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Genetic diversity, ecotype differentiation and population biology of an endangered primeval-forest lichen, Lobardia pulmonaria in a suture zone in the Ural Mountains

English title Genetic diversity, ecotype differentiation and population biology of an endangered primeval-forest lichen, Lobardia pulmonaria in a suture zone in the Ural Mountains
Applicant Scheidegger Christoph
Number 111137
Funding scheme SCOPES
Research institution Swiss Federal Research Inst. WSL Direktion
Institution of higher education Swiss Federal Institute for Forest, Snow and Landscape Research - WSL
Main discipline Botany
Start/End 01.01.2006 - 31.03.2009
Approved amount 72'000.00
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All Disciplines (3)


Keywords (4)

Conservation Biology; phylogeography; lichen forming fungi; Ural Mountains

Lay Summary (English)

Lay summary
Lichen conservation biology is often faced with widely distributed, but strongly fragmented taxa. If in a global Red List assessment such a taxon is treated as one single unit, one large and stable population may result in a low conservation status of the global population, despite the fact that most populations face a strong decline. In case the global population of a taxon is subdivided into evolutionary significant units (ESU), an individual Red List status might be assigned to each ESU. However, the complex life cycles and long generation times make it very difficult to identify ESU for lichens if ecological differentiation is the crucial criterion for their distinction. As an alternative approach to delimit ESU, genetic differentiation of regional populations has been suggested.Recent developments of molecular markers demonstrated considerable levels of regional genetic differentiation among populations within species and during our first Scopes project we found high levels of genetic differentiation within L. pulmonaria between biogeographic regions in Russia. We identified a broad suture zone of two different evolutionary lineages in the Ural Mountains. The western lineage, as identified by ITS sequences is widely distributed in Africa and Western, Northern and Central Europe. The eastern lineage was found so far in Russia East of the Urals and in North America. Concerning the differentiation within the two ITS types it is likely that these genetically differentiated populations of L. pulmonaria developed independently over considerable evolutionary periods rather than became demographically autonomous through recent isolation, e.g. during anthropogenic deforestation. In this project we will sample additional populations along this suture zone, as well as east and west of it to study possible gene flow between the two distinct evolutionary lineages.In order to test if the genetic differentiation found in regional populations parallel ecological adaptation, we had established a provenance clone test during our first Scopes project. We expect that during the coming three years the growth of the transplants will have reached an optimal level, which will then allow to test if survival and growth rate, diaspore production and degree of parasite attack differ between the provenances from the Carpathians, the Ural Mountains, The Komi Republic and Sakhalin. A differentiation between the studied L. pulmonaria population into regional ecotypes would have a significant impact on the conservation status of this species, because its global population could be subdivided into regional ESU.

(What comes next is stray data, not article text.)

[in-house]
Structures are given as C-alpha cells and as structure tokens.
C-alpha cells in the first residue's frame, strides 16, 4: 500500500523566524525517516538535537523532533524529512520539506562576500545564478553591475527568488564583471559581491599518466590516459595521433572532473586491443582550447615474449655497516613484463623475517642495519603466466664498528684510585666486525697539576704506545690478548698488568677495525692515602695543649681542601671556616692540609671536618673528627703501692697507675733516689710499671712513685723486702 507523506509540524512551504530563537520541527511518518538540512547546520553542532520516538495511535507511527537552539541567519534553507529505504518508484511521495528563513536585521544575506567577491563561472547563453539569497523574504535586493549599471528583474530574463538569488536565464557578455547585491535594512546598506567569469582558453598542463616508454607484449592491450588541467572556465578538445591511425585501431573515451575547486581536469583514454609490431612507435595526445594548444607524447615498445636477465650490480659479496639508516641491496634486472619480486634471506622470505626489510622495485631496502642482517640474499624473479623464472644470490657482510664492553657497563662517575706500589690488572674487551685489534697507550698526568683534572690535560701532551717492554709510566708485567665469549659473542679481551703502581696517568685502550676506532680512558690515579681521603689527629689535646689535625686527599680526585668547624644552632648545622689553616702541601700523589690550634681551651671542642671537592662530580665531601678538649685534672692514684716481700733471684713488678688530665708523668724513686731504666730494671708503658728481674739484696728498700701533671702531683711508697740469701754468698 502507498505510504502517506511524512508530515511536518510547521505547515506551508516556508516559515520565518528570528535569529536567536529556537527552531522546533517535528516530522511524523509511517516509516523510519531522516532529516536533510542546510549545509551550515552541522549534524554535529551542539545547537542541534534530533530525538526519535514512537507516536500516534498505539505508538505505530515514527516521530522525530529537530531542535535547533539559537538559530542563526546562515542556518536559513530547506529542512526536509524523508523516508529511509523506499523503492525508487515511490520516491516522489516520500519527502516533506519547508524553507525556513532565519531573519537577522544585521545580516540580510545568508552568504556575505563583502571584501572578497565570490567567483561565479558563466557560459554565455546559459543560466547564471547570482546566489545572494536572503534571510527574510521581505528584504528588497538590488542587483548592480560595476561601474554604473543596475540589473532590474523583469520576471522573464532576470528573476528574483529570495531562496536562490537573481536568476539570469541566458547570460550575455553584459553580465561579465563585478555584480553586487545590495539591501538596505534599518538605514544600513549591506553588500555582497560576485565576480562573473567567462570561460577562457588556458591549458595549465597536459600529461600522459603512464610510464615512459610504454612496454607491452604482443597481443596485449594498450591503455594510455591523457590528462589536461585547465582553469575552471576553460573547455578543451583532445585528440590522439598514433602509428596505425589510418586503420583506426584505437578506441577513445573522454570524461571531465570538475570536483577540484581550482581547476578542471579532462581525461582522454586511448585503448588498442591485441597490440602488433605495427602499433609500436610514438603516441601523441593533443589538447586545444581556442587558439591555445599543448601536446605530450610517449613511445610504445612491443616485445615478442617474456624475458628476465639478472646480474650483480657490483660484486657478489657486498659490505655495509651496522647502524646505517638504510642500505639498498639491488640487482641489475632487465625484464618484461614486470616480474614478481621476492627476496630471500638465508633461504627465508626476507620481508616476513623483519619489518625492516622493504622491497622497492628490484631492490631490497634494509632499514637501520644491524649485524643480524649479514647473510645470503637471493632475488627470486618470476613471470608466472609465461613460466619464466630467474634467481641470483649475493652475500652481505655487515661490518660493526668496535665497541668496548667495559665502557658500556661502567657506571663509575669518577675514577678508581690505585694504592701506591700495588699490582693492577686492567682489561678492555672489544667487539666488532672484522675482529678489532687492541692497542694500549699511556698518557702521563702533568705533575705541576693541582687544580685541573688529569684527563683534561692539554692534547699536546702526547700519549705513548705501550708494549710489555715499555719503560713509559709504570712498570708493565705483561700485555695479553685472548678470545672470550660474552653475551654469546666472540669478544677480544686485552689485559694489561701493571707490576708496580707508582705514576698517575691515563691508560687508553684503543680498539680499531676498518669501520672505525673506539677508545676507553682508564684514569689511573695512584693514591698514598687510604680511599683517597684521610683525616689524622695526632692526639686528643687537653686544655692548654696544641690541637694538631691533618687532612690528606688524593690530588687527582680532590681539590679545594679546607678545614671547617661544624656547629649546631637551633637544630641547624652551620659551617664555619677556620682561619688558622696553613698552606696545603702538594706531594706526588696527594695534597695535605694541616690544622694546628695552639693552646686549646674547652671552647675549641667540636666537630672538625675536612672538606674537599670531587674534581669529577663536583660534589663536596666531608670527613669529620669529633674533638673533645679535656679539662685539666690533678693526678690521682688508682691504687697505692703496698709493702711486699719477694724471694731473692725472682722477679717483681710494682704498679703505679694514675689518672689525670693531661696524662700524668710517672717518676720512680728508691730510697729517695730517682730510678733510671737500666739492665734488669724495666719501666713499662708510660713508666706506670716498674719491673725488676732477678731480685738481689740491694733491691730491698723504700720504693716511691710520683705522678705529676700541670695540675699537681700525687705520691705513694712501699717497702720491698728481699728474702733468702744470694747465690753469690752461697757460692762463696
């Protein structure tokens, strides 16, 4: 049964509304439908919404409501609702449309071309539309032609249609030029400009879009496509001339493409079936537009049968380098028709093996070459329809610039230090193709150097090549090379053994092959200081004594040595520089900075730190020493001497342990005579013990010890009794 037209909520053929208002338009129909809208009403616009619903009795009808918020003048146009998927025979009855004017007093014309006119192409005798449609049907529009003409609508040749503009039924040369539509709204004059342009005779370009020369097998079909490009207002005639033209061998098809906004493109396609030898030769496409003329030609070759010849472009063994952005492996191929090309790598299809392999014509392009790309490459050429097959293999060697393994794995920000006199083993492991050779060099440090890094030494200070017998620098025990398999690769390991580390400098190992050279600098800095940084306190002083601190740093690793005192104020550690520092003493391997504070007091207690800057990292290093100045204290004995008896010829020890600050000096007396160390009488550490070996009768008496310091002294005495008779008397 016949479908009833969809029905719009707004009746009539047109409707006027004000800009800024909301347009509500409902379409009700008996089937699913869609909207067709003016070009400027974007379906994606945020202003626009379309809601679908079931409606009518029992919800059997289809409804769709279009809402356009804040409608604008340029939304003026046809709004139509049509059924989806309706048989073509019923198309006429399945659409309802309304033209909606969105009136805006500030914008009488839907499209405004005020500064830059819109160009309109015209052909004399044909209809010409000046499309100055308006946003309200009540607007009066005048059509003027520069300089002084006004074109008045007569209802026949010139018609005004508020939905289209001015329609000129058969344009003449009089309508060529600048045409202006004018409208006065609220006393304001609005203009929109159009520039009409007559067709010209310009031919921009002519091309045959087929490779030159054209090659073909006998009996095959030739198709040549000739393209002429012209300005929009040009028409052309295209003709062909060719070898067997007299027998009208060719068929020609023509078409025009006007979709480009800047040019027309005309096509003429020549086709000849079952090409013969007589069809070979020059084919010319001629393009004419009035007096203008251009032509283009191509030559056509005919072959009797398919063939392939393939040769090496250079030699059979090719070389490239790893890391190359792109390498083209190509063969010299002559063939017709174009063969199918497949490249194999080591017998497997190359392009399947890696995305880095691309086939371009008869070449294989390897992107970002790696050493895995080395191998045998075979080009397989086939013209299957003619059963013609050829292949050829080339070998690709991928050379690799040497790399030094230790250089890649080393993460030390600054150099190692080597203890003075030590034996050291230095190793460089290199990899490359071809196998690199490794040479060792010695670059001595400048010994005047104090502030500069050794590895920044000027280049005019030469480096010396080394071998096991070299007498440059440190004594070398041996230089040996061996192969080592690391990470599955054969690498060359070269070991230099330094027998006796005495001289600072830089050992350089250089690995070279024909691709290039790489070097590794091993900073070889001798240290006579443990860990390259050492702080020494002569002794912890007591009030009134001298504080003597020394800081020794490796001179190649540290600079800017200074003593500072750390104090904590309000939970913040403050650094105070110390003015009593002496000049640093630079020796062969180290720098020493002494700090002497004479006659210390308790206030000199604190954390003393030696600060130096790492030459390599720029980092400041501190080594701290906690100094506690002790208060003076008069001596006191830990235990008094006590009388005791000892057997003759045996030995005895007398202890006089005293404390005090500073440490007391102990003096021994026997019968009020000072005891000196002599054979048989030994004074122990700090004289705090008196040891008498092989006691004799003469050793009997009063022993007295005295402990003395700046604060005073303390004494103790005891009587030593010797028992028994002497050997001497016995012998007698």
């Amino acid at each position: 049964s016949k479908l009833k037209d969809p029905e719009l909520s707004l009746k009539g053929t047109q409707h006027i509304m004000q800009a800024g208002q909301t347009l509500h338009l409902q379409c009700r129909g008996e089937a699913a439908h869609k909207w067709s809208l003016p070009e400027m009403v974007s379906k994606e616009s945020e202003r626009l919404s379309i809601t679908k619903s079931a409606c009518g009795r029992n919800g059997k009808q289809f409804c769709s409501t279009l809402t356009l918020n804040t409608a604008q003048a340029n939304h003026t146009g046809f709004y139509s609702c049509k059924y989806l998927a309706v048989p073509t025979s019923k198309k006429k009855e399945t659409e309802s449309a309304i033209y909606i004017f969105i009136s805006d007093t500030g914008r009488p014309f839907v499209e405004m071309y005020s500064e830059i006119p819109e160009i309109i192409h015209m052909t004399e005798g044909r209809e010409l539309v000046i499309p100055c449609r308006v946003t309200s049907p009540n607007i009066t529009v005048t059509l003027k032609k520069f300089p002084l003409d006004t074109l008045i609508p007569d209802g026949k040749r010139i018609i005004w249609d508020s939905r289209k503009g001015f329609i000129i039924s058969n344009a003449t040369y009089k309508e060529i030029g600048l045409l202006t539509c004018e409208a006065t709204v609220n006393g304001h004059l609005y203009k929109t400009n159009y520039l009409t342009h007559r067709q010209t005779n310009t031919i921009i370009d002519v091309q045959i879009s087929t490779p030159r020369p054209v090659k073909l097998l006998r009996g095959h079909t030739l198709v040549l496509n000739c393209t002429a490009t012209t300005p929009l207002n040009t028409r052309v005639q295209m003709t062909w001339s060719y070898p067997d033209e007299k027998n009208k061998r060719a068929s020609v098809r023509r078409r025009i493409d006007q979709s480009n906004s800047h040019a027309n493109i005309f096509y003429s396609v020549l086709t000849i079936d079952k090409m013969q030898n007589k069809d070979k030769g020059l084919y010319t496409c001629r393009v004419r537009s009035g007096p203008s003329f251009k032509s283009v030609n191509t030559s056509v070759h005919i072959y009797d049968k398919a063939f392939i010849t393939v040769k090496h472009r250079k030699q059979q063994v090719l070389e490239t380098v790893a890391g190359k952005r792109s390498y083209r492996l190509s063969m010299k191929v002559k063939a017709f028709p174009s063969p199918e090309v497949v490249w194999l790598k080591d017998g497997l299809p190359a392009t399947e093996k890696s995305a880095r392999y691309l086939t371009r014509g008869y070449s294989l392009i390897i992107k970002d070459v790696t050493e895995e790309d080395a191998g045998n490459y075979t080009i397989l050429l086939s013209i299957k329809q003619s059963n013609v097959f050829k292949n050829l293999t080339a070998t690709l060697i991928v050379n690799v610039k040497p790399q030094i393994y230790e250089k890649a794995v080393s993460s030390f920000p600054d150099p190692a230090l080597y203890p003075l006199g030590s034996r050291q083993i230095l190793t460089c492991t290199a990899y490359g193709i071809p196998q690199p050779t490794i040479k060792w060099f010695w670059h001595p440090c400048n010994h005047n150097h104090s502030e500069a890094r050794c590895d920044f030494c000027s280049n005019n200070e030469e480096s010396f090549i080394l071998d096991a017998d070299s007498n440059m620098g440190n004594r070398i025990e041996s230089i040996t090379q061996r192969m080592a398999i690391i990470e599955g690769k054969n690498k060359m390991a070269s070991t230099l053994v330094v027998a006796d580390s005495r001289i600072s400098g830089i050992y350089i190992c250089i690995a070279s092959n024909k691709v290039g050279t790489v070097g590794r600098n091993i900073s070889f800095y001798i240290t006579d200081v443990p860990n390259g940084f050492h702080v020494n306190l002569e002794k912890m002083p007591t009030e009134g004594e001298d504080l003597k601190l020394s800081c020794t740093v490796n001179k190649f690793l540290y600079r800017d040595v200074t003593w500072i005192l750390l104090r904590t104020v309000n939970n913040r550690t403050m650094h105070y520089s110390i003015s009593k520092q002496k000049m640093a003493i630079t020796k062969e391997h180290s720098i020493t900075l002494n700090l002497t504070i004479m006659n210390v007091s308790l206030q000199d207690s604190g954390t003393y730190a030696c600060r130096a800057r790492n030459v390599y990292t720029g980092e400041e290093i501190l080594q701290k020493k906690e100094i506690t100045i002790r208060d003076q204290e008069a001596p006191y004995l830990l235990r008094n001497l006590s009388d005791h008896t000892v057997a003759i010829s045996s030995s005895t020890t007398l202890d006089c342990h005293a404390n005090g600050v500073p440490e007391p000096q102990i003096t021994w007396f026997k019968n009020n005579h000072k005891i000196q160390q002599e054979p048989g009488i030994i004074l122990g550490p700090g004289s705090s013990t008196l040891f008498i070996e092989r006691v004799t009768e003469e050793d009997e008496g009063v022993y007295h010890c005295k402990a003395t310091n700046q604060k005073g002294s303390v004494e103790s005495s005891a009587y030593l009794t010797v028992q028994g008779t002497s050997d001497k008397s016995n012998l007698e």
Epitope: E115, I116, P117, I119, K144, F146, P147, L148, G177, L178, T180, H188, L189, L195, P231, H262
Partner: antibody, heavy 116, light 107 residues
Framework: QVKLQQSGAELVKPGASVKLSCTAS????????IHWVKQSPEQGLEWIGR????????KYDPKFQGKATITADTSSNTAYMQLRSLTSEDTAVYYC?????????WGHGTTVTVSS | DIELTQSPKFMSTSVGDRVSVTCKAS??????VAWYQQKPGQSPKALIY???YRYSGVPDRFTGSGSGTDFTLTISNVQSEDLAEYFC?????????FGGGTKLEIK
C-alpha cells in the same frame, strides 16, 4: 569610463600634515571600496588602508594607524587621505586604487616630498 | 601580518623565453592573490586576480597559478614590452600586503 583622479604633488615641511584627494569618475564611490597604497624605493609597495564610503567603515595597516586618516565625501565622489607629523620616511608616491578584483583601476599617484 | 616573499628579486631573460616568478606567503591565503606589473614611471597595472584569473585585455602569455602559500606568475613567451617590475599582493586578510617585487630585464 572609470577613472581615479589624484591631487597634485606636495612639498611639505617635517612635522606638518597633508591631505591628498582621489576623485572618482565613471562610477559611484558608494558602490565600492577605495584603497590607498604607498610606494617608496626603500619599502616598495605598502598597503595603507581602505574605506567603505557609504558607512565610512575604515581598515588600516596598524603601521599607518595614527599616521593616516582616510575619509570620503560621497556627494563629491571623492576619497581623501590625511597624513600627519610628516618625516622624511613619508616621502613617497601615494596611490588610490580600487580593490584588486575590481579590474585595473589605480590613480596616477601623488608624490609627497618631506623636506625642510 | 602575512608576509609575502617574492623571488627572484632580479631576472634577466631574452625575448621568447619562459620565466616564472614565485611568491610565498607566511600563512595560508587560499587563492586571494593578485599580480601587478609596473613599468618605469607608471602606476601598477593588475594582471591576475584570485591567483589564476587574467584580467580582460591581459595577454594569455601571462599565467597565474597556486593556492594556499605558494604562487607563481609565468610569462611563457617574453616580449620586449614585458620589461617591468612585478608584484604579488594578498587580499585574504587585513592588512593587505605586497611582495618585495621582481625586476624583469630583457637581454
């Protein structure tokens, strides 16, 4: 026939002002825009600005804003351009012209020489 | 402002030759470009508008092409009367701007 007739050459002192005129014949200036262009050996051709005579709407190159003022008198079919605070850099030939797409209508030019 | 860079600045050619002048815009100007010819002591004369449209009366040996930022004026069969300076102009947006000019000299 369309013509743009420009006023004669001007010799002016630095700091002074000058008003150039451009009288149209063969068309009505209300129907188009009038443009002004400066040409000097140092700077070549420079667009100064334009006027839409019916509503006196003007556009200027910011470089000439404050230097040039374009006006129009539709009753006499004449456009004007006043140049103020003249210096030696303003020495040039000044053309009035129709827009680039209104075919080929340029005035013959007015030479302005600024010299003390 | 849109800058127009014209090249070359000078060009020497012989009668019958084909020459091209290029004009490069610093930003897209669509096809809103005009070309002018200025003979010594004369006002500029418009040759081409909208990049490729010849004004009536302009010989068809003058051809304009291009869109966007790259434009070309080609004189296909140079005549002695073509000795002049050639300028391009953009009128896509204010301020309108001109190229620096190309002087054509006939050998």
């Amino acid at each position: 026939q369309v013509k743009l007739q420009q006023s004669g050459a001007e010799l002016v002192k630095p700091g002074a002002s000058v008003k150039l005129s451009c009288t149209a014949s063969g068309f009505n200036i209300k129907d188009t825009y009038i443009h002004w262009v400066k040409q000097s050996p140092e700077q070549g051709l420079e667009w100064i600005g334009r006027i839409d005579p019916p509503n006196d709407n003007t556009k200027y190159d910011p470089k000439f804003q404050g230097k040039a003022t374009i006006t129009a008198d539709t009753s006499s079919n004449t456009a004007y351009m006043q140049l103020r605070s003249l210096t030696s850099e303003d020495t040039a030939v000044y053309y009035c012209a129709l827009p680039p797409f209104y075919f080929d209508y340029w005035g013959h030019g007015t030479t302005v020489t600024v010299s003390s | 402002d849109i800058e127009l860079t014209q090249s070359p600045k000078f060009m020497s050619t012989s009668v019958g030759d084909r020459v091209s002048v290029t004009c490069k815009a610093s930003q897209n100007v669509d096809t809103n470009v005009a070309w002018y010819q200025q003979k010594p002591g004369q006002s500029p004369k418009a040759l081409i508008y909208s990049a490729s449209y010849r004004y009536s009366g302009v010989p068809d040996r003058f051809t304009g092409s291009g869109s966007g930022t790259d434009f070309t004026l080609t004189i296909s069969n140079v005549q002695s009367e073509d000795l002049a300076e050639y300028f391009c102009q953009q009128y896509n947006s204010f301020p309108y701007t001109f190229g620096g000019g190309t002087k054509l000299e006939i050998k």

Direct link to Lay Summary Last update: 21.02.2013

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